Skip Navigation
*To search for student contact information, login to FlashLine and choose the "Directory" icon in the FlashLine masthead (blue bar).

News

ABC National News Correspondent Honored With 2014 McGruder Award for Media Diversity at 11th Anniversary Event

Posted Apr. 4, 2014

By Meghan Caprez

“Diversity is the path to telling hard truths in a dignified way,” said ABC News correspondent Byron Pitts when he visited Kent State University March 31. “If our industry is to survive, we must embrace diversity.”

JMC, in conjunction with the university’s Division of Diversity, Equity and Inclusion, honored Pitts at the 11th annual Robert G. McGruder Guest Lecture and Awards Presentation. Pitts, an advocate for diversity both inside the newsroom when hiring reporters and outside the newsroom when gathering sources, received the Distinguished Guest Lecture Award.2014 McGruder Awards

A multiple Emmy award-winning journalist, Pitts previously spent 15 years working for CBS News where he was the National Chief Correspondent for The CBS Evening News. Currently, Pitts’s stories can be seen on Good Morning America, Nightline and 20/20 for ABC News.

Pitts said he had to work hard to become the broadcast journalist he is today. He recounted his childhood when specialists told his mother that he was intellectually disabled and ought to be institutionalized; Pitts was illiterate until the age of 12.

“I saw my learning disability and stutter as gifts from God,” Pitts, a devout Baptist, said. “I felt I had a gift for storytelling because I knew as a kid what it was like to be voiceless.”

Throughout the lecture, Pitts shared examples of his work that exhibit diversity. One of these stories followed a lawyer from Compton, California, who sponsors and teaches students living in extreme poverty in Soweto, South Africa. Pitts said this story not only busts stereotypes about people from Compton, it also shows a “man of color helping other people of color,” something not often seen in the media.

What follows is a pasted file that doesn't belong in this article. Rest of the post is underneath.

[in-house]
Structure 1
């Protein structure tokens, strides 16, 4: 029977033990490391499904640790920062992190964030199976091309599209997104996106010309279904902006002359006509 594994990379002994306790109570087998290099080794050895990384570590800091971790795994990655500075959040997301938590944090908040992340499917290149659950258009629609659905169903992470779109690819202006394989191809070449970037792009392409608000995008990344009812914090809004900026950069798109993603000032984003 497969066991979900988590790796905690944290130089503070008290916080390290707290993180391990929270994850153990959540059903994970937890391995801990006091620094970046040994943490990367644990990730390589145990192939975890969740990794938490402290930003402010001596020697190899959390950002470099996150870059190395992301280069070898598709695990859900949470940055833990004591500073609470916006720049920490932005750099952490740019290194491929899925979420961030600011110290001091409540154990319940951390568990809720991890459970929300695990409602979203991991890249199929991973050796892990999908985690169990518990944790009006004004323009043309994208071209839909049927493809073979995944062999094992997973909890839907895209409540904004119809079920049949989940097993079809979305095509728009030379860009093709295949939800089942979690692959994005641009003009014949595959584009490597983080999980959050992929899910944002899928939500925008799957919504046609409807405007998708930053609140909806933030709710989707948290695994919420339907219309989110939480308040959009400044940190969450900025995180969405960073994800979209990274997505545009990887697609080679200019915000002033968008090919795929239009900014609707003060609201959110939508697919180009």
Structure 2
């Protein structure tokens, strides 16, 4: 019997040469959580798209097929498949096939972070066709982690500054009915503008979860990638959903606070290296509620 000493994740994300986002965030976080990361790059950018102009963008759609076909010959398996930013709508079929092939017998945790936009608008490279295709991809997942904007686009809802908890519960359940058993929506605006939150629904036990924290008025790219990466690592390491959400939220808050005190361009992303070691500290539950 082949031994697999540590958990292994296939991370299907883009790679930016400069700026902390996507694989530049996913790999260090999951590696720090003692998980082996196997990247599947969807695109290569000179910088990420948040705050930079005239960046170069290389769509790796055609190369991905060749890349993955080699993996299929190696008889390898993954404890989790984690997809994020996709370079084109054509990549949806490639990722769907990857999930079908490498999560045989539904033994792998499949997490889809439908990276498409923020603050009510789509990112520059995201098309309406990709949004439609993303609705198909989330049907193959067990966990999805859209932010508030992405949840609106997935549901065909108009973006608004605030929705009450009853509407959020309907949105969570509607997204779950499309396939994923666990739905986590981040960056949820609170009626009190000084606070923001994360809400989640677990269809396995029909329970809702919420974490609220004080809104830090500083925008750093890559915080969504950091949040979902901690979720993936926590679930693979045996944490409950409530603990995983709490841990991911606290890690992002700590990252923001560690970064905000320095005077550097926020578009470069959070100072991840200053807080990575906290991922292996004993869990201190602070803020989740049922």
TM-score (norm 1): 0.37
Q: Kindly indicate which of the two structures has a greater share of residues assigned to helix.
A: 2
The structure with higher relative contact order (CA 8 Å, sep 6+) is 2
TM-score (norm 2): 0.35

Pitts encouraged JMC’s student journalists to seek those whose voices are not heard. “Diversity is bringing different voices into the box. All the wonderful technology you have at this school is just a tool. Journalism lives in the conversations we have. It’s about shining light in dark places, and giving voice to the voiceless.”

The national correspondent also inspired students with his career advice. “Have outrageous dreams for yourself – dreams so crazy they make others laugh,” he said. “But every dream has an address. Know specifically what your destination is. Dream big, plan small.”

The Robert G. McGruder Distinguished Guest Lecture and Award was created in honor of Robert G. “Bob” McGruder, a trail-blazing Kent State journalist who listed a number of “firsts” on his resume, some of which include being the first black editor of the Daily Kent Stater and the first black reporter at The Plain Dealer. The award and lecture series serves as a reminder of the commitment McGruder had for diversity. The school takes as guidelines for the award these words from McGruder, “Please know that I stand for diversity ... I represent the African-Americans, Latinos, Arab-Americans, Asians, Native Americans, gays and lesbians, women and all the others we must see represented in our business officers, newsrooms and our newspapers.”


Three JMC students were honored with Robert G. McGruder Student Media Awards at the luncheon. Their work showcased the diversity, depth and relevance of our student media news coverage:

  • Yolanda Li, a graduate student, created the multimedia film, ‘Bread 4 Haiti: God Wanted Us to Be Here,” which explores the struggles faced by the hungry in Haiti;
  • Matthew Petrunak, a senior majoring in electronic media, created a video that debuted at this year's Kent State MLK celebration program and featured a diverse group of students discussing their connection or disconnection to the civil rights movement and why activism has disappeared on many college campuses; and
  • Bruce Walton, a junior majoring in journalism, wrote a piece entitled, “Opinion: The Dangers of Being a Black Man” that appeared on kentwired.com last September.

 

Rotator Photo:  Kent State officials joined JMC in honoring the 2014 winners; from left, Kent State Provost Todd Diacon; award winners Constance Harper and Byron Pitts; Vice President for Diversity, Equity and Inclusion Alfreda Brown, and JMC Director Thor Wasbotton. 

Interior Photo:  Student Media Award winners were also honored at the McGruder luncheon for their outstanding work in exploring diversity themes; from left:  CCI Dean Stan Wearden, Byron Pitts, Bruce Walton, Provost Todd Diacon, Matt Petrunak and Yolanda Li.

(Photo credits:  University Communications & Marketing)